(e) Deaths have already happened, due to the uncontrolled dissemination of the antibiotic-resistant genes (by resistant infections), hence such GMOs, containing antibiotic-resistant genes, must be withdrawn from official seed catalogues at once, and banned for any method of cultivation, even an experimental one.
(f) The risks of metabolic disorders, directly or indirectly caused by a GMO, either plant or micro-organism, may be linked to the random insertion of the involved transgene, or to useless supernumerary sequences, which disrupt the GMO metabolism in a way not easily detected by the analysis of the substance equivalence. Hence they should be evaluated through preliminary long-term nutrition and toxicology tests on mammals.
(g) The risks of genetically modified micro-organisms (GMM). The European directive 98/81/CE modifying the directive 90/219/CEE relative to the confined use of GMMs excludes from its application domain some techniques such as mutagenesis and self-cloning. Such a formulation means that GMMs in the legislative sense cover only a part of GMMs in the scientific meaning: however high the quality of genetic constructions carried out, the objective loss of meaning of the term GMM leads to the impossibility of any traceability, bringing on new risks in food, on the one hand, and leads to no freedom of choice for consumers, on the other hand; in both cases, this is due to the absence of labelling obligation.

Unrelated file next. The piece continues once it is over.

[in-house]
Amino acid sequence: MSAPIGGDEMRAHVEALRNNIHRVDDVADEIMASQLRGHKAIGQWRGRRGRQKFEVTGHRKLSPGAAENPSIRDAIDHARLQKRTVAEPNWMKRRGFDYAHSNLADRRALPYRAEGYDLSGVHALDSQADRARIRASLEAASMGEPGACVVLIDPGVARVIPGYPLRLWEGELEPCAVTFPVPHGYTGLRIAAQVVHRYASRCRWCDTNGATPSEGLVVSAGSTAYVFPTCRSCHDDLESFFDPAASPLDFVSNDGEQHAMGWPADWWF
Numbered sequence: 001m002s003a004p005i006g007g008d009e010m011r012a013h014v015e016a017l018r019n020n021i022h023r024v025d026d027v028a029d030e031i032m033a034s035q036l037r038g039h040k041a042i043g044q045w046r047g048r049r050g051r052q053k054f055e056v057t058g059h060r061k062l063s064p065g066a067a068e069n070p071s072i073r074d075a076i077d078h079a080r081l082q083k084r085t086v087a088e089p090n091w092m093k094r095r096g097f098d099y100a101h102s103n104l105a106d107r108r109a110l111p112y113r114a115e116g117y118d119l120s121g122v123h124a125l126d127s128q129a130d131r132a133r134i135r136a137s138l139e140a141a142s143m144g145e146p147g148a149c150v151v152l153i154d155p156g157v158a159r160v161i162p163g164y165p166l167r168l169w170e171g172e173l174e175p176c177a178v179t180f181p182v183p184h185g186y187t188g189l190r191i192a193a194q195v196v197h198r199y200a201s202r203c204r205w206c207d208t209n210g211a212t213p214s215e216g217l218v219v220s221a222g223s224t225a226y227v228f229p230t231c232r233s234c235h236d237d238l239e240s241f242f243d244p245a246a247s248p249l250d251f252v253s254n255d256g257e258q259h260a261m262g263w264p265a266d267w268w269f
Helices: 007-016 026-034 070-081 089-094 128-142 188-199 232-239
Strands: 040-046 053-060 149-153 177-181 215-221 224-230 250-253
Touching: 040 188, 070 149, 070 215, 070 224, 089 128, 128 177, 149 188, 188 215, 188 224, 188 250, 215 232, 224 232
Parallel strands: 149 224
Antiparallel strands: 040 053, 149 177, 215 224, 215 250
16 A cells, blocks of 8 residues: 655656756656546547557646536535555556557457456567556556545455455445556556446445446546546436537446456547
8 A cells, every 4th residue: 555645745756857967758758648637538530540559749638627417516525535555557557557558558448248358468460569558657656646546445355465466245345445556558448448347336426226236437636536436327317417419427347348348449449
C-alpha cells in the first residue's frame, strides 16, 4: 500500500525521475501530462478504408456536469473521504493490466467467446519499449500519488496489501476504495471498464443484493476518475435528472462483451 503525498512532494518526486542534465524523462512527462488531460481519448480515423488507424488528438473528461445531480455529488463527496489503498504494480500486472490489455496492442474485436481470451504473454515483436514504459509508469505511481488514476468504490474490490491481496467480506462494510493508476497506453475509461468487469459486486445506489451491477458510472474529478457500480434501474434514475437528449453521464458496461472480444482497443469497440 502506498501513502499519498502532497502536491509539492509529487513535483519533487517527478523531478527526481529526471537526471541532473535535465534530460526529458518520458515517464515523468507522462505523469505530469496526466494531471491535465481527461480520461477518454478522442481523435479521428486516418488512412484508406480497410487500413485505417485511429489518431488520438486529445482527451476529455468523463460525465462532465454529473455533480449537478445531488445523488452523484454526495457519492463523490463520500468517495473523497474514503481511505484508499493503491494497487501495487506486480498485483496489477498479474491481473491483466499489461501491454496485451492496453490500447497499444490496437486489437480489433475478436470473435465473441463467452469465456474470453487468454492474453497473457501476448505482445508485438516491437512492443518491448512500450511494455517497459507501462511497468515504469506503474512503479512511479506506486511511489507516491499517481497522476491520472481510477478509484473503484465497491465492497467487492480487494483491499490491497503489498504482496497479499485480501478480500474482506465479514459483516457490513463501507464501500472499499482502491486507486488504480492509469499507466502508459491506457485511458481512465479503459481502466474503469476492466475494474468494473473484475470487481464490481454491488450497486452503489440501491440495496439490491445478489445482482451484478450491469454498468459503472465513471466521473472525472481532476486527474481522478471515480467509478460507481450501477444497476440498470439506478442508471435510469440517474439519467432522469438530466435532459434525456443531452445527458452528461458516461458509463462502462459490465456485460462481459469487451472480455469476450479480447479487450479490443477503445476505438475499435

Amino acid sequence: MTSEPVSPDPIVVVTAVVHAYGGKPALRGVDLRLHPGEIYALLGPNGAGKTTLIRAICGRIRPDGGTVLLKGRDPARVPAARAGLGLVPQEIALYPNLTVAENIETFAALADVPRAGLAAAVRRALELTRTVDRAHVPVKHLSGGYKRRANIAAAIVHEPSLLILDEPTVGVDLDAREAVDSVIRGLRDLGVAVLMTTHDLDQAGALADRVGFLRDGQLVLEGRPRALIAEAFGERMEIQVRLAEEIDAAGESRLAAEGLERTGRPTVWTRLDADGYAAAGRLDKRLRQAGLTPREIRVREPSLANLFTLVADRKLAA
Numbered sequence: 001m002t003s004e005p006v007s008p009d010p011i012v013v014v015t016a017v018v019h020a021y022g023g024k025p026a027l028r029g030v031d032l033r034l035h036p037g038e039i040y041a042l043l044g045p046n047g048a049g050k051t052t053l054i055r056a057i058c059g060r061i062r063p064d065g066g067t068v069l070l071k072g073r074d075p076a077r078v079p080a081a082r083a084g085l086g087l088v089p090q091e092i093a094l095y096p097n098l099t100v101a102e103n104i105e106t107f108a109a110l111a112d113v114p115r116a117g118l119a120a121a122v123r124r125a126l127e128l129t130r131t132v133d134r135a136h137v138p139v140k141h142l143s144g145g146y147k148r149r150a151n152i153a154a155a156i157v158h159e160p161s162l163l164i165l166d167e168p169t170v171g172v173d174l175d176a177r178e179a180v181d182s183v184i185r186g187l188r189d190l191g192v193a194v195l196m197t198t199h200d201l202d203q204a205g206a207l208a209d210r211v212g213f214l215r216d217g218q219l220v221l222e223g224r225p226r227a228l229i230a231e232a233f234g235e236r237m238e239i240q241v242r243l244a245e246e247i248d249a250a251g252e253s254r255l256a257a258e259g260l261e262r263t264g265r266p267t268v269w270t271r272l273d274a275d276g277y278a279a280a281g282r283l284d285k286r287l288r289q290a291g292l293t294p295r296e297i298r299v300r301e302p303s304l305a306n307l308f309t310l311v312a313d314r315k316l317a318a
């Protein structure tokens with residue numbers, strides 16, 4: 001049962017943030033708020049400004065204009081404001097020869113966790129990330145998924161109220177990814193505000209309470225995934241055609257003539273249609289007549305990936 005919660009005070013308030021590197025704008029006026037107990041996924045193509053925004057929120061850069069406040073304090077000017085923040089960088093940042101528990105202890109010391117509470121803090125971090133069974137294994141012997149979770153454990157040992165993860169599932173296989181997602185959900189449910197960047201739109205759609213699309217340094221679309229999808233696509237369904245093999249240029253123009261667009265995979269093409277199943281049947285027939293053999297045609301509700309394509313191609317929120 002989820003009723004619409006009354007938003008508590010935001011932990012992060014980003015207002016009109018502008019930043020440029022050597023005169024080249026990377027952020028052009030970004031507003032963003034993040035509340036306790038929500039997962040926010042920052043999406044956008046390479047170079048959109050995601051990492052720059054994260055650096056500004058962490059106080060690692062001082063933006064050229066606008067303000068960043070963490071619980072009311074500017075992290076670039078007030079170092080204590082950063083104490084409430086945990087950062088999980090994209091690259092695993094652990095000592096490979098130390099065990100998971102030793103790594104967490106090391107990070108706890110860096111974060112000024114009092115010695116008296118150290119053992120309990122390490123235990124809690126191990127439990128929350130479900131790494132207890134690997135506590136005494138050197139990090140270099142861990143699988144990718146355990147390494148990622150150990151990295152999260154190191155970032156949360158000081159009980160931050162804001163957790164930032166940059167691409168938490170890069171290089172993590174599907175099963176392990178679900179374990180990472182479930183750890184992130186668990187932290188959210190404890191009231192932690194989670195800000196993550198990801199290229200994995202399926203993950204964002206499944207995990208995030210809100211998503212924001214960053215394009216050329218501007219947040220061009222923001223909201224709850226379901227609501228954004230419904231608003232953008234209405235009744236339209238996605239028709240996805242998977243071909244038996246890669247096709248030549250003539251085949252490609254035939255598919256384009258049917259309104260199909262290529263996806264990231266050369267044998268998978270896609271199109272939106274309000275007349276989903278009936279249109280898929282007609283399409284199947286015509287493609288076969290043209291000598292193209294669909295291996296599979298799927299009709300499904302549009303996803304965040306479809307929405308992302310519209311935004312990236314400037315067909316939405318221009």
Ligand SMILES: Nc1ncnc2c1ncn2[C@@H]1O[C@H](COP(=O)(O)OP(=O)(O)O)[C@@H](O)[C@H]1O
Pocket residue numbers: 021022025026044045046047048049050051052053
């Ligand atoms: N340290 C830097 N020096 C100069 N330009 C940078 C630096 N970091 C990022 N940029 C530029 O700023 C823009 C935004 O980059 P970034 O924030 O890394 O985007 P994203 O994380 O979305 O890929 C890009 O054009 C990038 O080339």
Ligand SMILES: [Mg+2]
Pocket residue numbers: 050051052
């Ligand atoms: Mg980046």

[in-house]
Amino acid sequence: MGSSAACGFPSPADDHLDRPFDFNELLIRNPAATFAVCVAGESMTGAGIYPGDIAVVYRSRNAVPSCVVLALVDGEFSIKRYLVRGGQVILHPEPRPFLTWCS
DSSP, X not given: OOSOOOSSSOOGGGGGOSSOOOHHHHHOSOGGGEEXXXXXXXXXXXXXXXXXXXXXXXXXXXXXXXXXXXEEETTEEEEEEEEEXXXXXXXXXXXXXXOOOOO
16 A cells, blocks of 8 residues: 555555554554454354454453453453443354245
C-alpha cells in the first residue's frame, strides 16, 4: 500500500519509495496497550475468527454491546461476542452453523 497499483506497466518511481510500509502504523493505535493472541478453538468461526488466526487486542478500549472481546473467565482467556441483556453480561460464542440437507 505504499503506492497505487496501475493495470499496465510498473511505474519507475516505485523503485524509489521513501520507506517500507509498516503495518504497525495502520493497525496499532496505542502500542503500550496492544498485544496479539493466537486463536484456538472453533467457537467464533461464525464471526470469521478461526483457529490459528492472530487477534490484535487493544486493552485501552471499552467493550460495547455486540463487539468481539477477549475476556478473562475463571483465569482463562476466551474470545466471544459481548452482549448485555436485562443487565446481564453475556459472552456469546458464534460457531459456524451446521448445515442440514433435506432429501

While study protocols and post-commercialization biovigilance implementation are still pending, any marketing of such products should be suspended.
Secondly, the risks on the environment caused by GMOs must be better evaluated:
(a) Risks of dissemination and crossbreeding (vertical and horizontal genetic transfers), of genetically modified plants, animals and micro-organisms in the environment (GMO in the sense of European directives or not, like micro-organisms modified by selfcloning). Which insurance will pay in case of agronomical, food-processing or environmental damage? As a matter of fact, major genetic modifications of the living in natural conditions can neither be put right or made up for, nor recycled.
Importantly, 99% of the characteristics introduced in GMOs come from invaders (production of insecticide or ability to live in the presence of weed-killers), so in that sense they put the whole biodiversity of ecosystems into question.